Exercise 2.4: Jupiter
a. The density of a planet increases toward the center. Provide an argument that the moment of inertia of a planet is less than that of a sphere of uniform density of the same mass and radius.
The higher masses at the center of the planet are scaled by the smaller distances and the smaller masses at the periphery are multiplied the larger distances. With uniform density, there would be more mass at the periphery, contributing to a higher total moment of inertia.
b. The density as a function of radius inside Jupiter is well approximated by
where $M$ is the mass and $R$ is the radius of Jupiter. Find the moment of inertia of Jupiter in terms of $M$ and $R$.
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Consider an infinitesimal volume at position $(r, \theta, \phi)$ where $r$ is the radial distance from the center, $\theta$ is the longitude and $\phi$ is the colatitude. Assume that the northsouth axis is the axis we are interested in. The distance of the volume from the axis is $r_\perp = r\sin\phi$. The dimensions of the elemental volume are $dr$ in the radial direction, $d\theta$ along the longitude and $d\phi$ along the colatitude. The arc lengths of the “sides” of the element are $r\sin\phi d\theta$ and $r d\phi$. The volume is $dV = r\sin\phi~d\theta~rd\phi~dr$.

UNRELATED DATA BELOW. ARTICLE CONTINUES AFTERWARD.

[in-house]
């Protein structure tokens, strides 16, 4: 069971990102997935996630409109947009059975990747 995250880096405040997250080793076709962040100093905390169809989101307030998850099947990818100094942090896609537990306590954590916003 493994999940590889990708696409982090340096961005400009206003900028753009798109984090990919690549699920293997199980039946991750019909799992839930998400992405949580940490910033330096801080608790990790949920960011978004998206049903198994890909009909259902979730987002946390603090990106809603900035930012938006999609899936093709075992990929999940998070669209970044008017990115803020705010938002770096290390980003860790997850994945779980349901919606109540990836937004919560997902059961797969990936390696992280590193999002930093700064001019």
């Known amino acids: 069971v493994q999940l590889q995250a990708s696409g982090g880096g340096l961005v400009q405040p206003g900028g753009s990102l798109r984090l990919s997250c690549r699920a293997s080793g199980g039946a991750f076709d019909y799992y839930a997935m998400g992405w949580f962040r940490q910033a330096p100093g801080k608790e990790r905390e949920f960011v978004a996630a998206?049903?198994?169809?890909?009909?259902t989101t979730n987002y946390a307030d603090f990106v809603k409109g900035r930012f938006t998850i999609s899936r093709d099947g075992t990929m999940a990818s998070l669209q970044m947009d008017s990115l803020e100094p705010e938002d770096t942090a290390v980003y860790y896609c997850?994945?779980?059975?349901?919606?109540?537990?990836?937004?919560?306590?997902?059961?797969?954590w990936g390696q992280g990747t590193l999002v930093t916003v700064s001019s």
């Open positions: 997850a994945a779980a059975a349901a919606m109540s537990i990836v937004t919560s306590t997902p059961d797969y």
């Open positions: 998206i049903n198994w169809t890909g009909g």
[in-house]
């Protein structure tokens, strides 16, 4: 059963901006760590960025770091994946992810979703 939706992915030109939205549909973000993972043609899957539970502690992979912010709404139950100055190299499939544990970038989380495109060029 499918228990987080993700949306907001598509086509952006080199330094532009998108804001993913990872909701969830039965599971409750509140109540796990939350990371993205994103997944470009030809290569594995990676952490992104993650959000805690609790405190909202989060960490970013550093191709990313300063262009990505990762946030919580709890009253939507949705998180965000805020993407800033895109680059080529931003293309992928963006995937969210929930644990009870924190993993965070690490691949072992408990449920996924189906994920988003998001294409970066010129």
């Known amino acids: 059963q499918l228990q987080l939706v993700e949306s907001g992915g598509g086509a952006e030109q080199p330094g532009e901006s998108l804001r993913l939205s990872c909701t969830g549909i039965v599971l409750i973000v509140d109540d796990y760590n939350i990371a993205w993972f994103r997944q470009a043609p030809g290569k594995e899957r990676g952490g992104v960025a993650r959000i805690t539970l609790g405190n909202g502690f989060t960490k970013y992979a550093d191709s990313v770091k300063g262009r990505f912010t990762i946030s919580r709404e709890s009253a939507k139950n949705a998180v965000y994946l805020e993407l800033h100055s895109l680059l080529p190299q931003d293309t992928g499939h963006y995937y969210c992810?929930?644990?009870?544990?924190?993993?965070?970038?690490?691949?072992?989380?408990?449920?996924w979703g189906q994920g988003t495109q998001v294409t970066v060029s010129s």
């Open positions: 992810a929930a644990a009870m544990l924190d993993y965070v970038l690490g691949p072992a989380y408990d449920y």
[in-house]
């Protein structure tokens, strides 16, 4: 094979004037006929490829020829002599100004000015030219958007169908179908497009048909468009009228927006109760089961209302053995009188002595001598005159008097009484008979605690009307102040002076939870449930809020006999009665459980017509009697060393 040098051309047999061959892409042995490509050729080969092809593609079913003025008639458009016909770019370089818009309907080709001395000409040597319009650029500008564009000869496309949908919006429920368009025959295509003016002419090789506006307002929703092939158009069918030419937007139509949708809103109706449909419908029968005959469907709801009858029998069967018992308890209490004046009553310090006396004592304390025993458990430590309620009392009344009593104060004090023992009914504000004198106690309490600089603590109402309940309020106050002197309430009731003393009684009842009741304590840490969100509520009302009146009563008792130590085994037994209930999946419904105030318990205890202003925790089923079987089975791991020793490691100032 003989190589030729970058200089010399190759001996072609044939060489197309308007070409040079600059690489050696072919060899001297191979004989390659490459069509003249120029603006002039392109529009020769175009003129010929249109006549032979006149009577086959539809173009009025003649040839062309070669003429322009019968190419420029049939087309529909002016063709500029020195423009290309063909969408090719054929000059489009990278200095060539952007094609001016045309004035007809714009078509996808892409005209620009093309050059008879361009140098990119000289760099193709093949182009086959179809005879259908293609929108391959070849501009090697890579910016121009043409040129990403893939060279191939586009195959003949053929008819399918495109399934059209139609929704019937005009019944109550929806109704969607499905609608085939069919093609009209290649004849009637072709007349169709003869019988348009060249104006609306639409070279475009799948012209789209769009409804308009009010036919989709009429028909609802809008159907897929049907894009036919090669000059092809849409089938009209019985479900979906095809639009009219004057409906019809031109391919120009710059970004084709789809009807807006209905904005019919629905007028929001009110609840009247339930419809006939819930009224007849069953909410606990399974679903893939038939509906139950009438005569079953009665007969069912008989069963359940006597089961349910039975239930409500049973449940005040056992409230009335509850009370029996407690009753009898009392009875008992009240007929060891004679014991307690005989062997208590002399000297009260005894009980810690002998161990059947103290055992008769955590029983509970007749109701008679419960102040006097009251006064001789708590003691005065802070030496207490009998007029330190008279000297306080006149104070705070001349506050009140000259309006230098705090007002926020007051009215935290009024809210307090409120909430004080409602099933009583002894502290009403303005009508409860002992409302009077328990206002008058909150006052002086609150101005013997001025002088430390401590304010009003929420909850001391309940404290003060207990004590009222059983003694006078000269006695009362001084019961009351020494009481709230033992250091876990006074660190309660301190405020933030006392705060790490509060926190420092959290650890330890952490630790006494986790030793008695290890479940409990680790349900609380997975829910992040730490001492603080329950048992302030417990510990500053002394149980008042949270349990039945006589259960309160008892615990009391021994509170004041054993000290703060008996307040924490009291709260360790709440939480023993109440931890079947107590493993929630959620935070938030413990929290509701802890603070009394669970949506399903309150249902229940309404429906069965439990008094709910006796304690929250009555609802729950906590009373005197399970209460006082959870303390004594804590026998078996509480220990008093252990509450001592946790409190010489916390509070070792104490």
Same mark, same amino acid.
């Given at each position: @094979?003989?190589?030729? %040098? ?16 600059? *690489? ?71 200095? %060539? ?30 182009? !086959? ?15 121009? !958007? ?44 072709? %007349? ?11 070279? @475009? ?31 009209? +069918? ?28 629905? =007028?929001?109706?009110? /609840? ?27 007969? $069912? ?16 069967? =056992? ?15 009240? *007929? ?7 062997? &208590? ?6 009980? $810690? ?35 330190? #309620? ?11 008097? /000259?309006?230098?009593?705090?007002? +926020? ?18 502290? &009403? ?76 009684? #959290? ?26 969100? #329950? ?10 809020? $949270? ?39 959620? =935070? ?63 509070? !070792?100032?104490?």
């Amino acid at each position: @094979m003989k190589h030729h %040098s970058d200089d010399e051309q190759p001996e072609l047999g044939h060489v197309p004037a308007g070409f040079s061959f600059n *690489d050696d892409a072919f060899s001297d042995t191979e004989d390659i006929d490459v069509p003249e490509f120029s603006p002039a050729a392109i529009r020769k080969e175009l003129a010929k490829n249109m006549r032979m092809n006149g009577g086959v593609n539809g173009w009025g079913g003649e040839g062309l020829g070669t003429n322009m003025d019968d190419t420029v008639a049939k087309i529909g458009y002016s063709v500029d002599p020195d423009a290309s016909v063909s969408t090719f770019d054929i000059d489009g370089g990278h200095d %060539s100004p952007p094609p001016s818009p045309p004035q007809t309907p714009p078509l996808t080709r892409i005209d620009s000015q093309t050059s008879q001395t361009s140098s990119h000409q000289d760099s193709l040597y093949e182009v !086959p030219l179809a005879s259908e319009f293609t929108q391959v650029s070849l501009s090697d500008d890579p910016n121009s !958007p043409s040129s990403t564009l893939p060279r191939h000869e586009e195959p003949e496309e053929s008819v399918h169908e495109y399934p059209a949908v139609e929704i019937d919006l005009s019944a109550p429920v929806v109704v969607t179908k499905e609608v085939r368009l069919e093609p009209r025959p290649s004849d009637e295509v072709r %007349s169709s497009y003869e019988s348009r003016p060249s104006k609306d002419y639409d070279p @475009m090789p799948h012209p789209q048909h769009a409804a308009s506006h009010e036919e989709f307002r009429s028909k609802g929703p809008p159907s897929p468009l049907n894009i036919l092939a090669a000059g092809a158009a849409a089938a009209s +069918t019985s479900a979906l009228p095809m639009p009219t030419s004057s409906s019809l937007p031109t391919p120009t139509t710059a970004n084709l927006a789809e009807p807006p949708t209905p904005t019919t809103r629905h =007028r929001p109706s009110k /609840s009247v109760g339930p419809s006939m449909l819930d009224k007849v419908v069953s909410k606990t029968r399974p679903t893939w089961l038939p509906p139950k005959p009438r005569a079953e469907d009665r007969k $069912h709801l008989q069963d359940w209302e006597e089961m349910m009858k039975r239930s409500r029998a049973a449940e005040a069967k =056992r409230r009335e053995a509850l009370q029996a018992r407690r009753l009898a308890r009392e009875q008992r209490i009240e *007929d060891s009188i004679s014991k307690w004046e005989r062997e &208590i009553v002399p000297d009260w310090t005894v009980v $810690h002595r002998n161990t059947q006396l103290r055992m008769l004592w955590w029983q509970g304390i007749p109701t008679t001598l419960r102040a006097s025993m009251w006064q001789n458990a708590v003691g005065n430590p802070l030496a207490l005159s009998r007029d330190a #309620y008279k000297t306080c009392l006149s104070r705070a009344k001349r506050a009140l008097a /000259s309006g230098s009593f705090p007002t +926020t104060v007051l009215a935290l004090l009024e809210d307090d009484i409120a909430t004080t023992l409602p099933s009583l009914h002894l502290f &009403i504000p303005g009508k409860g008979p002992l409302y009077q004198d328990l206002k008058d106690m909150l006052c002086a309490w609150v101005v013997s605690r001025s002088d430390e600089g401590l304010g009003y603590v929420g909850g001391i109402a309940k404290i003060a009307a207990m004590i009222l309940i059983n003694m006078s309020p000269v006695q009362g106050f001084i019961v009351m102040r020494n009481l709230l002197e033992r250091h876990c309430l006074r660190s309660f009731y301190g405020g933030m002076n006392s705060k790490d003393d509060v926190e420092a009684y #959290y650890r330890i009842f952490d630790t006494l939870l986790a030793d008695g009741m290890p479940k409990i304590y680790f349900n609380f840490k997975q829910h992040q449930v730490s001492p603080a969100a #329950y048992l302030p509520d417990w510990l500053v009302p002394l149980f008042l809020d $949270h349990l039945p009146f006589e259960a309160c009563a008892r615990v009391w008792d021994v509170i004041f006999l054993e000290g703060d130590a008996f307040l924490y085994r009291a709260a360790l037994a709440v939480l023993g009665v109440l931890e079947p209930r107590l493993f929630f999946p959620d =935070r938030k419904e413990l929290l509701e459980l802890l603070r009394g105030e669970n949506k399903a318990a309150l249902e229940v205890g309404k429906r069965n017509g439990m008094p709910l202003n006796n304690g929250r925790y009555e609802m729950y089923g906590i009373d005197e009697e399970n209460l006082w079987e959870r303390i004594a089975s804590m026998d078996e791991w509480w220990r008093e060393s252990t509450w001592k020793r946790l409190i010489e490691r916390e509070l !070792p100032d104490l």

r = symbols('r', positive=True)
theta, phi = symbols('theta phi', real=True)
M, R = symbols('M R', positive=True)
rho = M/R**3 * sin(pi*r/R)/(4*r/R)
integral_1 = integrate( sin(phi)**3, (phi, 0, pi))
integral_2 = integrate( integral_1, (theta, pi, pi) )
integral_3 = integrate( rho * r**4 * integral_2, (r, 0, R))
simplify(integral_3)
The moment of inertia of Jupiter is: